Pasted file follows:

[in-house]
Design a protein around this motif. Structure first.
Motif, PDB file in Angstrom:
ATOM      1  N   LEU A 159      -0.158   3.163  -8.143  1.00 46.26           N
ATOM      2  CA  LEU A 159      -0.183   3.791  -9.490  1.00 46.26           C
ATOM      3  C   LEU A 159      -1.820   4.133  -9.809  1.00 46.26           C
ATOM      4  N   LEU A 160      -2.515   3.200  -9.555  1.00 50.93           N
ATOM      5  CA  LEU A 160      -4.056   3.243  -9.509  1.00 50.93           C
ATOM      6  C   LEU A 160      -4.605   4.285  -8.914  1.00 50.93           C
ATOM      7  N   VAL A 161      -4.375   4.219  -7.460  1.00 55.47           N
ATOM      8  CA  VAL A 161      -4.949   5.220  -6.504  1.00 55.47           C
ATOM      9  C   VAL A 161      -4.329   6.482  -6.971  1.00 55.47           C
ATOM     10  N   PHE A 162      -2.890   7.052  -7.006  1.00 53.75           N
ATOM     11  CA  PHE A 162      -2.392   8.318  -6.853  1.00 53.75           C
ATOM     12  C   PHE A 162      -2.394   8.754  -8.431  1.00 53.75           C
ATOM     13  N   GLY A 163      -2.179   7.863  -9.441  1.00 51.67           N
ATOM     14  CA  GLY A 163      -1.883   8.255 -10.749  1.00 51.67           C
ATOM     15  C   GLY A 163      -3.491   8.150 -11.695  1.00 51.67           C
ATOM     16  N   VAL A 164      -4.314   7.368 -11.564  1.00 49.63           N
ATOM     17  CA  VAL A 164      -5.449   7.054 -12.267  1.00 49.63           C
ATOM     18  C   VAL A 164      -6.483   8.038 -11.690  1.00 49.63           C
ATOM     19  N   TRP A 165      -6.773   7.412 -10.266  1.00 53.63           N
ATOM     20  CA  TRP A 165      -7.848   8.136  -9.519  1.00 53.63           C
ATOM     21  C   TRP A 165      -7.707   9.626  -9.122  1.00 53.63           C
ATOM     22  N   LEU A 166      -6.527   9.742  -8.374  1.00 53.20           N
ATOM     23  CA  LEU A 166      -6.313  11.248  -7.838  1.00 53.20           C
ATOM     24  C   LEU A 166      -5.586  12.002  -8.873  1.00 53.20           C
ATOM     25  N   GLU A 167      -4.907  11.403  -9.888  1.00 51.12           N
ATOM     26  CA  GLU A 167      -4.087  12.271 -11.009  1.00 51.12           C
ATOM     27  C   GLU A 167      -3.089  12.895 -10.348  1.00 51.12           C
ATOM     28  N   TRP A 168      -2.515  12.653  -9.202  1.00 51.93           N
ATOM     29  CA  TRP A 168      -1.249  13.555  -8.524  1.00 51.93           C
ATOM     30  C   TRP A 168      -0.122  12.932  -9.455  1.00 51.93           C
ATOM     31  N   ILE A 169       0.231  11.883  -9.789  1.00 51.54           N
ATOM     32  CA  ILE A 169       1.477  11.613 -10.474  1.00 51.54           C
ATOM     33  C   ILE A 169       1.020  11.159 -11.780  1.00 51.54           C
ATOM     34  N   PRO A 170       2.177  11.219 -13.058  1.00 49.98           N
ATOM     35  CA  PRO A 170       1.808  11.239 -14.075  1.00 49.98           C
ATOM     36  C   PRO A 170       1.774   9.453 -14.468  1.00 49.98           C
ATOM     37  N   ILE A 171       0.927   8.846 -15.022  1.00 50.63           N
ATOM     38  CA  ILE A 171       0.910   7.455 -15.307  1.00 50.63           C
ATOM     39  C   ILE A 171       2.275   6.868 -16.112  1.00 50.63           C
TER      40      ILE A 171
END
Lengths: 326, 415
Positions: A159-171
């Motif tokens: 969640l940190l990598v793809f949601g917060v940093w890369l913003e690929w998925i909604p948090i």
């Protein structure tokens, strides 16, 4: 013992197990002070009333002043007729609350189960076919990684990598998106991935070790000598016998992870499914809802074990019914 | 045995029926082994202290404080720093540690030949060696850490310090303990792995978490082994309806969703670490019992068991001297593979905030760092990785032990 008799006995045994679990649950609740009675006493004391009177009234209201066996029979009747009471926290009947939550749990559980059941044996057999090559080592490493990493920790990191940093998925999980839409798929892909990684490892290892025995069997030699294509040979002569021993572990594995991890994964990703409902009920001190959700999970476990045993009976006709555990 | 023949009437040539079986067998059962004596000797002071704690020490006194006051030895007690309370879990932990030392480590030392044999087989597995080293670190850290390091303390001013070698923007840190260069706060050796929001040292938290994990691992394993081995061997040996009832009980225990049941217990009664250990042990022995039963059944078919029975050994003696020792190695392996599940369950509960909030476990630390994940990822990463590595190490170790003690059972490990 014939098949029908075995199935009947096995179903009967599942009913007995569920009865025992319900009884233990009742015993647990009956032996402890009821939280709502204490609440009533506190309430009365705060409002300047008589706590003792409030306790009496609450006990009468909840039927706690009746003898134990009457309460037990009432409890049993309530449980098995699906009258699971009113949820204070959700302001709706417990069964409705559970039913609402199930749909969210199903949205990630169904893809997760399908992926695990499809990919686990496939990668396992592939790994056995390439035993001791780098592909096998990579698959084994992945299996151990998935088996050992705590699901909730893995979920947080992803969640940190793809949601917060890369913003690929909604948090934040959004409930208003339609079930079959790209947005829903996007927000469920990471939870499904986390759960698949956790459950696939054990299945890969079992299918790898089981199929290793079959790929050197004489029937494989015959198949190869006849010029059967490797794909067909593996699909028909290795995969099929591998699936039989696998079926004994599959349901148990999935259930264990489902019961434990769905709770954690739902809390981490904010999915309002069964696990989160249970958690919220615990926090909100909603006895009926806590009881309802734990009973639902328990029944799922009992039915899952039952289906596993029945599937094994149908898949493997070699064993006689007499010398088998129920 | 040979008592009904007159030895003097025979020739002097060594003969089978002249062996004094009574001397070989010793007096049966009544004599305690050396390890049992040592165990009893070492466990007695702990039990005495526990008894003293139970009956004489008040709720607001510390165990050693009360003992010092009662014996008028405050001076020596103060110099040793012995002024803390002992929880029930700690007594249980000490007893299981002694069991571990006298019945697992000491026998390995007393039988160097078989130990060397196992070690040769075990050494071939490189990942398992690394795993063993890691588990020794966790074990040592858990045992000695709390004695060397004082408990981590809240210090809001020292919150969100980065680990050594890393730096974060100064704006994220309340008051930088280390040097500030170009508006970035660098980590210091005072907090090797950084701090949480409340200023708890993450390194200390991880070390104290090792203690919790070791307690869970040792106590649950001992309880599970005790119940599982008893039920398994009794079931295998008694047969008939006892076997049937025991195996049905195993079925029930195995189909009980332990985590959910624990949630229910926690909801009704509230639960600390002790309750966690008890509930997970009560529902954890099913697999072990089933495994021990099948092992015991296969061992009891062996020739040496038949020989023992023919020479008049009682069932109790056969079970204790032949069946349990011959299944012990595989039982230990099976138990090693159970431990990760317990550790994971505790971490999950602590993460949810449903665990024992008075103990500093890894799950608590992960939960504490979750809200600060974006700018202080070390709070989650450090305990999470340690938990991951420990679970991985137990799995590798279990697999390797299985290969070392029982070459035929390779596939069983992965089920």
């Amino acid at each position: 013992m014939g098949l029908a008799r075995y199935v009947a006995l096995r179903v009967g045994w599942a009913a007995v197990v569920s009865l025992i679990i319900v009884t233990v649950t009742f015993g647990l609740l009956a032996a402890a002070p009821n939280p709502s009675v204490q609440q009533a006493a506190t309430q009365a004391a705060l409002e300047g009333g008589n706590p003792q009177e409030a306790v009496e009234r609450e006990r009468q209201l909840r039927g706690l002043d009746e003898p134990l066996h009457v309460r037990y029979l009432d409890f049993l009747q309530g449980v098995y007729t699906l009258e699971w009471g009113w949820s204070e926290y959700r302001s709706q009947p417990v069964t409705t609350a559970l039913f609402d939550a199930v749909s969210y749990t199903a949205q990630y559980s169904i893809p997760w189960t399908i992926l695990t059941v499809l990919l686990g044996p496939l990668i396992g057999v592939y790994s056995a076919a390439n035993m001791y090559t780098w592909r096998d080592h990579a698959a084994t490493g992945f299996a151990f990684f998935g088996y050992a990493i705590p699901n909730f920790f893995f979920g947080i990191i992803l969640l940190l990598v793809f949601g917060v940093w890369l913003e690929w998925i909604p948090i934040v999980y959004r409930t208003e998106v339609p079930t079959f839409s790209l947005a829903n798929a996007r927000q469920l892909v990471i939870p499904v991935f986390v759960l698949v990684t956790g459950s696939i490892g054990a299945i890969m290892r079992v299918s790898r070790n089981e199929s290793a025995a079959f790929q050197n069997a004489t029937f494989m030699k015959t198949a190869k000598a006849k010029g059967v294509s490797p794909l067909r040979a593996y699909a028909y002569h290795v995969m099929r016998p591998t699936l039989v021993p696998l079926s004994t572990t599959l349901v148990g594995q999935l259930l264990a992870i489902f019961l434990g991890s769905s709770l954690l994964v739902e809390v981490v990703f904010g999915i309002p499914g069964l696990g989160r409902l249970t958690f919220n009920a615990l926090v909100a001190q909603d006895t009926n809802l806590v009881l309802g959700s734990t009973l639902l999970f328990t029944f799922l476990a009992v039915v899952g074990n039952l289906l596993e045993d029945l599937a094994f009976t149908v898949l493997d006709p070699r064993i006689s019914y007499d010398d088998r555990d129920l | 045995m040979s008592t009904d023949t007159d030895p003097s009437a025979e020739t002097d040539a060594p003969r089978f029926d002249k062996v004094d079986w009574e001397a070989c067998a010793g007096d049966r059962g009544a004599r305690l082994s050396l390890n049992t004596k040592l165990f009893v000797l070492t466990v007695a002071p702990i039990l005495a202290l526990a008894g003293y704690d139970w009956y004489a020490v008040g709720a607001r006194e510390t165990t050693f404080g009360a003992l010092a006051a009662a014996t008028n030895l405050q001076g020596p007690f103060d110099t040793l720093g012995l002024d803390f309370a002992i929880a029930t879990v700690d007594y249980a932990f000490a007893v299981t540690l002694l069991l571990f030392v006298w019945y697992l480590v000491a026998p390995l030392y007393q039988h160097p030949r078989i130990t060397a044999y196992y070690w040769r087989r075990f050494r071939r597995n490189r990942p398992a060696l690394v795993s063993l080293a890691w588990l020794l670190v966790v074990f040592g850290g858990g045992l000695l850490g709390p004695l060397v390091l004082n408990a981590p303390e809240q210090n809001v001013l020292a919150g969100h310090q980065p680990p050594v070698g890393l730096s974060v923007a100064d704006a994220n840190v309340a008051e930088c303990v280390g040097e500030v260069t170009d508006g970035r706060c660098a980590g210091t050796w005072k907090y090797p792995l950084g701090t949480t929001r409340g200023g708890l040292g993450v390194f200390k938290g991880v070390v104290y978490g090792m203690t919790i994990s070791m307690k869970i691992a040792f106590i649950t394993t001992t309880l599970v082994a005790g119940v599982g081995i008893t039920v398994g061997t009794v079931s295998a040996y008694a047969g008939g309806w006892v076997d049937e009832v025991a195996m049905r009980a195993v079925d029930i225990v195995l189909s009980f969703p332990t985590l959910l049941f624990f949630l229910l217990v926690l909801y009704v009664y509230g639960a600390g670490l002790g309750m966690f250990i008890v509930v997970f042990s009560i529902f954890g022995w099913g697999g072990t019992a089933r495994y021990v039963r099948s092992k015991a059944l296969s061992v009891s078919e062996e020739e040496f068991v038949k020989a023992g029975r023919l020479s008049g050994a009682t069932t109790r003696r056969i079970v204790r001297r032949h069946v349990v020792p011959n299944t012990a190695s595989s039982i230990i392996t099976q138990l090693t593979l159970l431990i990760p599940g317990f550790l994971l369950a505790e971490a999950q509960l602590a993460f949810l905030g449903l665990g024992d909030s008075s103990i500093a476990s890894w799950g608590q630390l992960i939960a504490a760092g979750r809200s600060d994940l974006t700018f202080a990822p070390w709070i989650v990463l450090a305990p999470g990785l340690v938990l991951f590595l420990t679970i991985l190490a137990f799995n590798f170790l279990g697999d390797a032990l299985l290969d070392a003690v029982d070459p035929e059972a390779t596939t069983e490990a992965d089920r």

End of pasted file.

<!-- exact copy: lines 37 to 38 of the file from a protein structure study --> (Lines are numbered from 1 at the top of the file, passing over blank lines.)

ATOM     34  N   PRO A 170       2.177  11.219 -13.058  1.00 49.98           N
ATOM     35  CA  PRO A 170       1.808  11.239 -14.075  1.00 49.98           C